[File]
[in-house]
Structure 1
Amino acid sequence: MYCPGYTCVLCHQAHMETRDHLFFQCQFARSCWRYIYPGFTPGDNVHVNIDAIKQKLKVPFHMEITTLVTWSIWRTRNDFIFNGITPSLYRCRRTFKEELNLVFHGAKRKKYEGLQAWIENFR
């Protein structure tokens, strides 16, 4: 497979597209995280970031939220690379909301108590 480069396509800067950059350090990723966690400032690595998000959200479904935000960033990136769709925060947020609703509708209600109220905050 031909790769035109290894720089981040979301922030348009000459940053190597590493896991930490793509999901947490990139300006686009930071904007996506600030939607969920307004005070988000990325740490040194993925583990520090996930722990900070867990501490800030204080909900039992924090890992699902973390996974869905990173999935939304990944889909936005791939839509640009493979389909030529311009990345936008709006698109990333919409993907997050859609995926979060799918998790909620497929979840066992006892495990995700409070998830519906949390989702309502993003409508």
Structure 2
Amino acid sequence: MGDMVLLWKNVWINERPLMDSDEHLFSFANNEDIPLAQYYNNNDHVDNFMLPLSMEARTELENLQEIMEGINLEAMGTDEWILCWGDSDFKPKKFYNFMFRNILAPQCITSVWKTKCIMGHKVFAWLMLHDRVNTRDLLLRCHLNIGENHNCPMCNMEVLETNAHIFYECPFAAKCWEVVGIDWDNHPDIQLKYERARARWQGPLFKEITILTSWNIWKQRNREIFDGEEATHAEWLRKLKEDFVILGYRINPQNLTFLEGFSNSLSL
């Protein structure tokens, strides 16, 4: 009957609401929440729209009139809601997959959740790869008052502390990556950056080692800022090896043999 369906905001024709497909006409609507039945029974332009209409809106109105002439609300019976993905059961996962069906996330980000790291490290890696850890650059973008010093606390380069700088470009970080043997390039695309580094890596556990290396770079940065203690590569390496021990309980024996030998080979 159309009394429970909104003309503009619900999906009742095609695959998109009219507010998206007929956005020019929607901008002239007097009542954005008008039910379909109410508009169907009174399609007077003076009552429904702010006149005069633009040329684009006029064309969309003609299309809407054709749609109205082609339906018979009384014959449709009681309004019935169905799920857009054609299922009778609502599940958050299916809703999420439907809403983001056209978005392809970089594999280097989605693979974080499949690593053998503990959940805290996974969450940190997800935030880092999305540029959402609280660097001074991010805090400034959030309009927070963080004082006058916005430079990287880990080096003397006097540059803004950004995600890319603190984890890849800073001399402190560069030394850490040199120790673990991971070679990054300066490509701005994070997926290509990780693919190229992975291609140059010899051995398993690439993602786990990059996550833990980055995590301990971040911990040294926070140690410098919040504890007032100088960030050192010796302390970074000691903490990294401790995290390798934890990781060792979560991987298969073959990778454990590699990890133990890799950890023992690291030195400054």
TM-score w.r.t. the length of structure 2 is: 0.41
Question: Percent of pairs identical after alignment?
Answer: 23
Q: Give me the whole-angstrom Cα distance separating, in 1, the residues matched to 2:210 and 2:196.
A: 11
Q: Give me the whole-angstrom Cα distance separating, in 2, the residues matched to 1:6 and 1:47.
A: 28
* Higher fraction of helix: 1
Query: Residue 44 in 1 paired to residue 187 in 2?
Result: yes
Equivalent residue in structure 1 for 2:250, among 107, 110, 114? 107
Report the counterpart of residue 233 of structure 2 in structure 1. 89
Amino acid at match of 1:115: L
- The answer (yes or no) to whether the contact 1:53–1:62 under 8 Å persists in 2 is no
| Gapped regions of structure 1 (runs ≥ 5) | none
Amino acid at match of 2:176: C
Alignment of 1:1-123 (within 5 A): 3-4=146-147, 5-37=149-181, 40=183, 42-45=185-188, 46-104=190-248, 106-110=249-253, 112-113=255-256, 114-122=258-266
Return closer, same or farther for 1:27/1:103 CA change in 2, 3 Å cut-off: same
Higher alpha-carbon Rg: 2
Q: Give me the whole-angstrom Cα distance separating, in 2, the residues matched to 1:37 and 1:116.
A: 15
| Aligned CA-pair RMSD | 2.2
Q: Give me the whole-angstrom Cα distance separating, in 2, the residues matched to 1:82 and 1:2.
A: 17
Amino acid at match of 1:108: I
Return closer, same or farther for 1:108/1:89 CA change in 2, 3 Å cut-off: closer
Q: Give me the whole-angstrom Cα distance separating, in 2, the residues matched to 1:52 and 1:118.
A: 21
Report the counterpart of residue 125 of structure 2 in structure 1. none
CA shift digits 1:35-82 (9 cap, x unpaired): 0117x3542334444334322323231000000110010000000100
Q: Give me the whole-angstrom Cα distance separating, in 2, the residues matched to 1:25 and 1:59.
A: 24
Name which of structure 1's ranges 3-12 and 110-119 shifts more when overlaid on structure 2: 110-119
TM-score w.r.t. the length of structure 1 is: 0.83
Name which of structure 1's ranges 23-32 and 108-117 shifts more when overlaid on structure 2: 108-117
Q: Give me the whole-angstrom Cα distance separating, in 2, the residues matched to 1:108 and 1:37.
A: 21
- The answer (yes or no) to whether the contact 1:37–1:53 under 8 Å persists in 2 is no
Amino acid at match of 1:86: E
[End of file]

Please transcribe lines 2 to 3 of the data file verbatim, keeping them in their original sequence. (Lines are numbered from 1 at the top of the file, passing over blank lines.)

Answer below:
Structure 1
Amino acid sequence: MYCPGYTCVLCHQAHMETRDHLFFQCQFARSCWRYIYPGFTPGDNVHVNIDAIKQKLKVPFHMEITTLVTWSIWRTRNDFIFNGITPSLYRCRRTFKEELNLVFHGAKRKKYEGLQAWIENFR